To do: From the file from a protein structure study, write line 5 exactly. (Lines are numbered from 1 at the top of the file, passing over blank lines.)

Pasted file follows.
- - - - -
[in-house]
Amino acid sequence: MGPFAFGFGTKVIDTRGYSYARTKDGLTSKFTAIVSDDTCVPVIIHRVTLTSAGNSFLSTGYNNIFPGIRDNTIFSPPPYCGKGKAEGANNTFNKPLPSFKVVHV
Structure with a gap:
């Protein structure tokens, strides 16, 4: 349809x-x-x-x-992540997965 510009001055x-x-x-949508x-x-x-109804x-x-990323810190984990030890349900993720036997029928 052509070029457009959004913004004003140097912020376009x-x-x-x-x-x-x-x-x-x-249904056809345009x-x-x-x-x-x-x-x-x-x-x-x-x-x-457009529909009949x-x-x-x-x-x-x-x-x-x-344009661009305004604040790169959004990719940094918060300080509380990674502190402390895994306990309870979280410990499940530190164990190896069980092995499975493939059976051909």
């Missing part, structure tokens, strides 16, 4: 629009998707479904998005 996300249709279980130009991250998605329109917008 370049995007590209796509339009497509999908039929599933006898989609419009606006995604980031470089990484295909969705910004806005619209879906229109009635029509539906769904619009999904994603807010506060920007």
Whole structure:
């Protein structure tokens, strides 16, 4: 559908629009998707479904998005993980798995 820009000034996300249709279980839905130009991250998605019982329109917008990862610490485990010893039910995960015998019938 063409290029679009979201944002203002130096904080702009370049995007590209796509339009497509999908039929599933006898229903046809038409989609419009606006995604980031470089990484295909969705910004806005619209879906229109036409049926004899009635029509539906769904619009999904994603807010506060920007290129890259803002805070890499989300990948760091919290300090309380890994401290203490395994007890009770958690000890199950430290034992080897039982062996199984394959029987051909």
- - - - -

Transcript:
């Missing part, structure tokens, strides 16, 4: 629009998707479904998005 996300249709279980130009991250998605329109917008 370049995007590209796509339009497509999908039929599933006898989609419009606006995604980031470089990484295909969705910004806005619209879906229109009635029509539906769904619009999904994603807010506060920007």